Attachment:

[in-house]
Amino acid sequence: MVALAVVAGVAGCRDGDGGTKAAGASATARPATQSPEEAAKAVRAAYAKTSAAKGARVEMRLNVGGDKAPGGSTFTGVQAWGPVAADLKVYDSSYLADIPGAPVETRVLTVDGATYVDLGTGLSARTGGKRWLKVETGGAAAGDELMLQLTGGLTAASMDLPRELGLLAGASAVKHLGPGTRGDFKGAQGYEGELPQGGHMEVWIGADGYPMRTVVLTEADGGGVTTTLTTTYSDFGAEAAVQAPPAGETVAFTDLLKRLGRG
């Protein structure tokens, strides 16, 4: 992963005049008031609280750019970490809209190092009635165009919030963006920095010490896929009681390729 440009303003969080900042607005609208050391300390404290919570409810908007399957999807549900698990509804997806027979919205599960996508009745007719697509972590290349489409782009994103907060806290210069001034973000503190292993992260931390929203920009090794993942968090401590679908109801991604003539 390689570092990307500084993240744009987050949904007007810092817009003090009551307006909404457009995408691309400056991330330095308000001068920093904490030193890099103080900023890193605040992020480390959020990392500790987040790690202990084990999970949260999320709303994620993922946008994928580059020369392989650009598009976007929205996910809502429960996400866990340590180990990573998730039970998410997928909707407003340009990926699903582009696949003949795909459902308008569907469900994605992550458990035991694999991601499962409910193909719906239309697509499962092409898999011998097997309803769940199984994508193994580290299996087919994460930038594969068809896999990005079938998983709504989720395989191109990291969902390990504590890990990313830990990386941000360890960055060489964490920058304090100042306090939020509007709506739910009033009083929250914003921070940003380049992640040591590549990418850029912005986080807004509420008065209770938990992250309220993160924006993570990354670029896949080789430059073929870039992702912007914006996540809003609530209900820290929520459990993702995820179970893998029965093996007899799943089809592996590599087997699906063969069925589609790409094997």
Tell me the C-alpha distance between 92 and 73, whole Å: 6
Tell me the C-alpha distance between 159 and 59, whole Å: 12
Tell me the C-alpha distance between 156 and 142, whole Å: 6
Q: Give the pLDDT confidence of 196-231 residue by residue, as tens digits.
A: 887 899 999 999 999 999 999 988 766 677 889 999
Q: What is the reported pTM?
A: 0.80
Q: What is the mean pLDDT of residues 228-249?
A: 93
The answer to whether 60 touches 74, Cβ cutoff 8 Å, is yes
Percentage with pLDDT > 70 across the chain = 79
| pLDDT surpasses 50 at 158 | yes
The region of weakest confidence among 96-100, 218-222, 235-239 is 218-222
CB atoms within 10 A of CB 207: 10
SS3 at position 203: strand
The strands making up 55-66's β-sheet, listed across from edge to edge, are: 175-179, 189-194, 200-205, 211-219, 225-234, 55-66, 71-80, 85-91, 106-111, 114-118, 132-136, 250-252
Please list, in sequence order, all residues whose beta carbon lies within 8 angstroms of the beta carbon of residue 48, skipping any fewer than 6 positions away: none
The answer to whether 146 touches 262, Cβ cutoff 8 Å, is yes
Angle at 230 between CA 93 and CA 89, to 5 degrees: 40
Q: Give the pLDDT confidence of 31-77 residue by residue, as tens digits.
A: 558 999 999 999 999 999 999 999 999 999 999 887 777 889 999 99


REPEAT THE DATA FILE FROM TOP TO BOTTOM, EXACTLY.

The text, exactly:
[in-house]
Amino acid sequence: MVALAVVAGVAGCRDGDGGTKAAGASATARPATQSPEEAAKAVRAAYAKTSAAKGARVEMRLNVGGDKAPGGSTFTGVQAWGPVAADLKVYDSSYLADIPGAPVETRVLTVDGATYVDLGTGLSARTGGKRWLKVETGGAAAGDELMLQLTGGLTAASMDLPRELGLLAGASAVKHLGPGTRGDFKGAQGYEGELPQGGHMEVWIGADGYPMRTVVLTEADGGGVTTTLTTTYSDFGAEAAVQAPPAGETVAFTDLLKRLGRG
């Protein structure tokens, strides 16, 4: 992963005049008031609280750019970490809209190092009635165009919030963006920095010490896929009681390729 440009303003969080900042607005609208050391300390404290919570409810908007399957999807549900698990509804997806027979919205599960996508009745007719697509972590290349489409782009994103907060806290210069001034973000503190292993992260931390929203920009090794993942968090401590679908109801991604003539 390689570092990307500084993240744009987050949904007007810092817009003090009551307006909404457009995408691309400056991330330095308000001068920093904490030193890099103080900023890193605040992020480390959020990392500790987040790690202990084990999970949260999320709303994620993922946008994928580059020369392989650009598009976007929205996910809502429960996400866990340590180990990573998730039970998410997928909707407003340009990926699903582009696949003949795909459902308008569907469900994605992550458990035991694999991601499962409910193909719906239309697509499962092409898999011998097997309803769940199984994508193994580290299996087919994460930038594969068809896999990005079938998983709504989720395989191109990291969902390990504590890990990313830990990386941000360890960055060489964490920058304090100042306090939020509007709506739910009033009083929250914003921070940003380049992640040591590549990418850029912005986080807004509420008065209770938990992250309220993160924006993570990354670029896949080789430059073929870039992702912007914006996540809003609530209900820290929520459990993702995820179970893998029965093996007899799943089809592996590599087997699906063969069925589609790409094997």
Tell me the C-alpha distance between 92 and 73, whole Å: 6
Tell me the C-alpha distance between 159 and 59, whole Å: 12
Tell me the C-alpha distance between 156 and 142, whole Å: 6
Q: Give the pLDDT confidence of 196-231 residue by residue, as tens digits.
A: 887 899 999 999 999 999 999 988 766 677 889 999
Q: What is the reported pTM?
A: 0.80
Q: What is the mean pLDDT of residues 228-249?
A: 93
The answer to whether 60 touches 74, Cβ cutoff 8 Å, is yes
Percentage with pLDDT > 70 across the chain = 79
| pLDDT surpasses 50 at 158 | yes
The region of weakest confidence among 96-100, 218-222, 235-239 is 218-222
CB atoms within 10 A of CB 207: 10
SS3 at position 203: strand
The strands making up 55-66's β-sheet, listed across from edge to edge, are: 175-179, 189-194, 200-205, 211-219, 225-234, 55-66, 71-80, 85-91, 106-111, 114-118, 132-136, 250-252
Please list, in sequence order, all residues whose beta carbon lies within 8 angstroms of the beta carbon of residue 48, skipping any fewer than 6 positions away: none
The answer to whether 146 touches 262, Cβ cutoff 8 Å, is yes
Angle at 230 between CA 93 and CA 89, to 5 degrees: 40
Q: Give the pLDDT confidence of 31-77 residue by residue, as tens digits.
A: 558 999 999 999 999 999 999 999 999 999 999 887 777 889 999 99